As Americans head to the polls on Tuesday, there are some longstanding concerns about their safety, and about exactly what to expect as the all-important contest rolls on.
For some, there are fears that a declaration of victory by either candidate could kick off unrest in the streets of our nation, particularly if the election itself is a close one. A Trump victory could send radical leftists into the streets of cities such as Portland and Seattle, while a Biden victory, potentially framed as as illegitimate by a Trump tweet, could bring a different breed of demonstrator to the public arena.
Furthermore, as the day goes on, there will be near-continuous coverage of incidents of voter intimidation, voter fraud, and voter suppression….some true, others not. These could further influence and instigate the masses as well, priming them for an explosion come tonight.
Now, to add to the mix, a strange and creepy robocall is being investigated by authorities.
Across the country, voters have received an estimated 10 million automated, spam calls in recent days telling them to “stay safe and stay home,” according to experts who track the telecom industry. In Michigan, government officials on Tuesday said they had witnessed additional attempts to deceive their state’s voters in particular, including one robocall campaign targeting the city of Flint that inaccurately told people to vote tomorrow if they hoped to avoid long lines today.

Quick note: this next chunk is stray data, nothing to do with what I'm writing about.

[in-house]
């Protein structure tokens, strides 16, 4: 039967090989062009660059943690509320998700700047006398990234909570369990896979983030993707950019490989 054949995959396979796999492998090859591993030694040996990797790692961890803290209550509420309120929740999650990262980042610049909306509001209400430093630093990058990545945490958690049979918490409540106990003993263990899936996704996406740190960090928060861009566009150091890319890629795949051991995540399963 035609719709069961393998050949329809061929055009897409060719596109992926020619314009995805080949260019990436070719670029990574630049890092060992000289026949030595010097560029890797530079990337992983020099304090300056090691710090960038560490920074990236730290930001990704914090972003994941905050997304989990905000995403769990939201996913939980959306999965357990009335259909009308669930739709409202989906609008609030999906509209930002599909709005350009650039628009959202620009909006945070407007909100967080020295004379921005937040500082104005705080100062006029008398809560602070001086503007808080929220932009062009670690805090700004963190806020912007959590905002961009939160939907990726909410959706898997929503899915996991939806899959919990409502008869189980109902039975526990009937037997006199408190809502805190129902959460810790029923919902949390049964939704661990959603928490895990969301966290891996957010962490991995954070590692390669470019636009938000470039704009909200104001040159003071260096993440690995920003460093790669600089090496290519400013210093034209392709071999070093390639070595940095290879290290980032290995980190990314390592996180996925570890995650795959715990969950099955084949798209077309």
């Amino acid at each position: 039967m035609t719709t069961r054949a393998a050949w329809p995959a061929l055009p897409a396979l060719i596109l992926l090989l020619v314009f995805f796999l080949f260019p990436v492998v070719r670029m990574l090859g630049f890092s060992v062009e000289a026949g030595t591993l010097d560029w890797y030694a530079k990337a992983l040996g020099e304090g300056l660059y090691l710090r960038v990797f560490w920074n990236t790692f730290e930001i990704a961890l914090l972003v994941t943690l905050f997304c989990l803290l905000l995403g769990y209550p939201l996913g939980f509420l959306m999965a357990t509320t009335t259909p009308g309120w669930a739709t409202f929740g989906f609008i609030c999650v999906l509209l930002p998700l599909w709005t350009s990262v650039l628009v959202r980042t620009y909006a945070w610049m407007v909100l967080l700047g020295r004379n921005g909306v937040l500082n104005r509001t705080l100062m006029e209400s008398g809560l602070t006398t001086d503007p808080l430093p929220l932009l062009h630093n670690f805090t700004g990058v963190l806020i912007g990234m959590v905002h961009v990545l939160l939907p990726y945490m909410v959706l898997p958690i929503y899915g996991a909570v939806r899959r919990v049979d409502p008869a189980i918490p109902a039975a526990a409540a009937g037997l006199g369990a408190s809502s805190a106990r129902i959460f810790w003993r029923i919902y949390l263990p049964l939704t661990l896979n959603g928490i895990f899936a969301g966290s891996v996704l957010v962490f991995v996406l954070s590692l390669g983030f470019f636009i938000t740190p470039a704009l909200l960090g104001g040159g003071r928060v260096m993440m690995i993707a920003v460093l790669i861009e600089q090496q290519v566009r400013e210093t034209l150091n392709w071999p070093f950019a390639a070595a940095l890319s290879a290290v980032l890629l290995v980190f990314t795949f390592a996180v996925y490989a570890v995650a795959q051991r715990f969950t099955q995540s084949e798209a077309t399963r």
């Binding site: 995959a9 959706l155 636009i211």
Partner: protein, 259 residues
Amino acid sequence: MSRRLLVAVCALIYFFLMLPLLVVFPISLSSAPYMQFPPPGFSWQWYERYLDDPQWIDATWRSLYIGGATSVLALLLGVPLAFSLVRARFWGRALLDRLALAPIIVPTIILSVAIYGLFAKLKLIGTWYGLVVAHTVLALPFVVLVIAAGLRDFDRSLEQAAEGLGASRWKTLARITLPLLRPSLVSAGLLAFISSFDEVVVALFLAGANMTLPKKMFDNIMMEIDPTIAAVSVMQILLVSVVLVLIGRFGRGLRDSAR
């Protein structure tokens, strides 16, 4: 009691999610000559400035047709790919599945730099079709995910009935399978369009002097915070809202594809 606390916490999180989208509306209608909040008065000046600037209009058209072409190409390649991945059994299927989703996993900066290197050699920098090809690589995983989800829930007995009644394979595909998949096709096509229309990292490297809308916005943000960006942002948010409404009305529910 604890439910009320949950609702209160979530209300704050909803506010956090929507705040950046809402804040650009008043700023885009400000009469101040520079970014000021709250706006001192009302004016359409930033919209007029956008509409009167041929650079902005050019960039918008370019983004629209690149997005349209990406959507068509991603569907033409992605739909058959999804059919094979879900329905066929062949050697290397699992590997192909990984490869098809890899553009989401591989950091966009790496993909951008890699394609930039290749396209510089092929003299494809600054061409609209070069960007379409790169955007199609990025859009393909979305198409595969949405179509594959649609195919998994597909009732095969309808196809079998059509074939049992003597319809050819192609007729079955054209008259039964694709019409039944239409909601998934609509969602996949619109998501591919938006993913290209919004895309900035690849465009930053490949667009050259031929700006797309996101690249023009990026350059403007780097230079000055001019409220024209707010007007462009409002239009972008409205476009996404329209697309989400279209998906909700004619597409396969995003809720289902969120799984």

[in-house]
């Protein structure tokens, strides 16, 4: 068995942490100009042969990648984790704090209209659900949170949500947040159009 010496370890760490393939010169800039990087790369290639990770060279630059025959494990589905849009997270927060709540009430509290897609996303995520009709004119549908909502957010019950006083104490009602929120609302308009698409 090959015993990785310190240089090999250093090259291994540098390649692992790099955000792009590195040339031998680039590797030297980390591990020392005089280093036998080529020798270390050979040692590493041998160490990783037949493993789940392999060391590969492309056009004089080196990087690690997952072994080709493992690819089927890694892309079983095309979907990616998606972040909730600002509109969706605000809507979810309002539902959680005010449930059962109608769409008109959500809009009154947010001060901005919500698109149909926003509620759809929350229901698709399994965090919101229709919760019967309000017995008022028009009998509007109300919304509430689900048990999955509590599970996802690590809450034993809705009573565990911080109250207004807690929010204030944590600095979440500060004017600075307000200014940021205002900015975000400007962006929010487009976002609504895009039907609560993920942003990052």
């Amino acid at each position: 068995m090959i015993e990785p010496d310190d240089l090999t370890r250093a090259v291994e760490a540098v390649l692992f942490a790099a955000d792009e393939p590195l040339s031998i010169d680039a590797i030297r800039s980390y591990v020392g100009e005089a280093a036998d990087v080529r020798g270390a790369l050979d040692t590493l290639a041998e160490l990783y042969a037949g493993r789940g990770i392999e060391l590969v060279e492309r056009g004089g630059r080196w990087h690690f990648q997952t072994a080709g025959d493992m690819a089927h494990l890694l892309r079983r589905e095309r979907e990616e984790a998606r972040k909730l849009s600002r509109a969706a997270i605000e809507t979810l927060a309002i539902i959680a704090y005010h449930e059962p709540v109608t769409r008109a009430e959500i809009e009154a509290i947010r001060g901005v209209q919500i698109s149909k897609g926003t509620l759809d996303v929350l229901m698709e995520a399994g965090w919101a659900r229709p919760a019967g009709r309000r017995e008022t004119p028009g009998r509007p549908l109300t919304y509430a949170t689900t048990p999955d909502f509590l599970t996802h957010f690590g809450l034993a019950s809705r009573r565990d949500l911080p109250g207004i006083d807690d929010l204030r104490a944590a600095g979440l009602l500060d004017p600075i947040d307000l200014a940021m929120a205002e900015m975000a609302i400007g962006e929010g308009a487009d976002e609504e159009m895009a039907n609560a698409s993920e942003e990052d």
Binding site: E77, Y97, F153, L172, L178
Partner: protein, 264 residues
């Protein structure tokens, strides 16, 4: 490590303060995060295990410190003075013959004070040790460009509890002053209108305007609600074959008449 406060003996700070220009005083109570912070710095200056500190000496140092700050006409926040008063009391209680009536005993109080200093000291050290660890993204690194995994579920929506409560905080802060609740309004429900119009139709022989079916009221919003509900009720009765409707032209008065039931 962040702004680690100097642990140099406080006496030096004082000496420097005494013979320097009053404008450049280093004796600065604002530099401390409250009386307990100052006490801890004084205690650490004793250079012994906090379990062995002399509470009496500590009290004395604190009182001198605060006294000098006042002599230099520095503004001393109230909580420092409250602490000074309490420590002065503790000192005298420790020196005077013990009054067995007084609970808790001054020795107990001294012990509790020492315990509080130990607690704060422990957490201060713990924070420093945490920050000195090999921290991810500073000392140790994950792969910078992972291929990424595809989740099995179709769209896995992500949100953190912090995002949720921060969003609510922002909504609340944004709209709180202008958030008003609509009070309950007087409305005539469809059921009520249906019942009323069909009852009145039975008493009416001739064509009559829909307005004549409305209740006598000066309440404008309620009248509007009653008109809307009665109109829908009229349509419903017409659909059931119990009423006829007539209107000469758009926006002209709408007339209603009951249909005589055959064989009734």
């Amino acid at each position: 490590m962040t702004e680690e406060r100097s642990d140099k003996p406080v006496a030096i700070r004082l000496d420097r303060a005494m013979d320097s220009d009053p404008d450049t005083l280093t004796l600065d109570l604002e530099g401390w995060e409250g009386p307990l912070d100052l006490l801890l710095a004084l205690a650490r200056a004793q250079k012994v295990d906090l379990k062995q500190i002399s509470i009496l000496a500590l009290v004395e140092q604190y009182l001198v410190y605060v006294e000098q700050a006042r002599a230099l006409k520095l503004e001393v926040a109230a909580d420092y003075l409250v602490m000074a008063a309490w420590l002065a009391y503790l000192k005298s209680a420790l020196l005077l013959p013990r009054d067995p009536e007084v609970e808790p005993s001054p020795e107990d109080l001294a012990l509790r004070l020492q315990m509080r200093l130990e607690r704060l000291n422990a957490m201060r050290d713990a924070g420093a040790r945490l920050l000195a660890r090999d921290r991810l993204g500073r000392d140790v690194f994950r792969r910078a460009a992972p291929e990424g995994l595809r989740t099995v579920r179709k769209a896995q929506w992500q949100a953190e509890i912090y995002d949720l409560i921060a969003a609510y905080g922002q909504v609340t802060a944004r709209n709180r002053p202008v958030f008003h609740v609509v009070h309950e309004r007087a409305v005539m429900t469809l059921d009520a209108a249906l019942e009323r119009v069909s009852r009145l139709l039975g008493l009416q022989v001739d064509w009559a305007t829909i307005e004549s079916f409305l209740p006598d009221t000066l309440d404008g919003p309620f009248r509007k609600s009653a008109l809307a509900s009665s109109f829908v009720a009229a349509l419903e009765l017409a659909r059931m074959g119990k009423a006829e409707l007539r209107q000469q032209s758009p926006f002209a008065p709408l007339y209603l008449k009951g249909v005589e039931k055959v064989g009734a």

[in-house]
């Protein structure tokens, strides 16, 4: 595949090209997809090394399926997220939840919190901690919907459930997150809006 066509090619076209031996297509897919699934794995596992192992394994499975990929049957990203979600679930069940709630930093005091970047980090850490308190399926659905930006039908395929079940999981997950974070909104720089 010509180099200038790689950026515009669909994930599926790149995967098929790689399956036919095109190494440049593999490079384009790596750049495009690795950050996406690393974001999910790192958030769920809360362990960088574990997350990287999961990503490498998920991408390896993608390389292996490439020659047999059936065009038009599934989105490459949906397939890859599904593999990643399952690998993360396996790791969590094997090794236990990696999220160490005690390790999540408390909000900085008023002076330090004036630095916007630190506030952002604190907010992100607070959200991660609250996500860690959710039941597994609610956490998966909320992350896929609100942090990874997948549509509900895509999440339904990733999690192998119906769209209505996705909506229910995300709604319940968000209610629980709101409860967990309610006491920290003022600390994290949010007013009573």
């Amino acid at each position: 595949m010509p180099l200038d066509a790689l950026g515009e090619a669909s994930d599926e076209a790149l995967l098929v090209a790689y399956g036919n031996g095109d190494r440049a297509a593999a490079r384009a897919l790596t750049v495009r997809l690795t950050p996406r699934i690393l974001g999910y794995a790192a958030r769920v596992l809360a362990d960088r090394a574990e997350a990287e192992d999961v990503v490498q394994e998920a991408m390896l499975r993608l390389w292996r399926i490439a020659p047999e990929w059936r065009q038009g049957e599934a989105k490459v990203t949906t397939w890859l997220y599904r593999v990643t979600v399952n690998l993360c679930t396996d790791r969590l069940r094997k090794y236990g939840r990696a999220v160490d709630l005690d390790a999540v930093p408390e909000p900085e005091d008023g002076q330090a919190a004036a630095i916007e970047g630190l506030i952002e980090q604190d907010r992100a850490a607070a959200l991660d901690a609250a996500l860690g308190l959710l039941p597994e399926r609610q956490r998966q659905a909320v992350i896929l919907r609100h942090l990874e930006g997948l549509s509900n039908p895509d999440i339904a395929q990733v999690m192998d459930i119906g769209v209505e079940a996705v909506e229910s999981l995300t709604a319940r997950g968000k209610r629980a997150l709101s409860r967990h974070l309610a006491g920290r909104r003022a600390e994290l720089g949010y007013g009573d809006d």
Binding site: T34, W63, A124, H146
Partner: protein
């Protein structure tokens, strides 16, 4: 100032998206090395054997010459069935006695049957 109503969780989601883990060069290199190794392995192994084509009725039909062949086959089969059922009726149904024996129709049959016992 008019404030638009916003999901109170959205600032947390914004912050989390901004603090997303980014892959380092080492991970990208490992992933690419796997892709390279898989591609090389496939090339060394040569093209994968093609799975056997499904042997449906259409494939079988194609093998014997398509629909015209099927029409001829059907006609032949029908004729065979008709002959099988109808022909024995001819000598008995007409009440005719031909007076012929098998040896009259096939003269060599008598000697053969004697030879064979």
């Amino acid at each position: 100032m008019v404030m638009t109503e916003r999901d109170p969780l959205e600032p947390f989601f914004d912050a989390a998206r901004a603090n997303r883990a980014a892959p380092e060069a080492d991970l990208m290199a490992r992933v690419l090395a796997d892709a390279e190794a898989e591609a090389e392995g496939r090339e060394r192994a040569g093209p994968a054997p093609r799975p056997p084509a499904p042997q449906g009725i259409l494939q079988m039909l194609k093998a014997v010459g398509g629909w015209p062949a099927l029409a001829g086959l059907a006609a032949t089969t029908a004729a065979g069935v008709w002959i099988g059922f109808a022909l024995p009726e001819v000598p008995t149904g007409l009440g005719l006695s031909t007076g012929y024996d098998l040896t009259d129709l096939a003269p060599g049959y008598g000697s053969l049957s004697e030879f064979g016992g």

The origins of the each of the calls and texts remain unclear, reflecting the sophisticated tactics that robocallers typically deploy in order to reach Americans en masse across a wide array of devices and services. State election officials have scrambled to reassure voters in response, with Michigan Gov. Gretchen Whitmer pledging Tuesday to “work quickly to stamp out misinformation.” The FBI also has opened an investigation into the Michigan robocalls, a Trump administration official said.
New York, in particular, was taking the call seriously.
The reach and timing of the “stay home” calls similarly caught the attention of state and federal government leaders, including New York Attorney General Letitia James (D), who said she had already sent subpoenas to investigate the source of the intrusion. Data prepared for The Washington Post by YouMail, a tech company that offers a robocall-blocking app for smartphones, shows that the calls have reached 280 of the country’s 317 area codes since the campaign began in the summer. The country’s top telecom carriers believe the calls are foreign in origin.
It doesn’t appear as though the call has had much effect, however, as voter turnout around the nation continues to break records.
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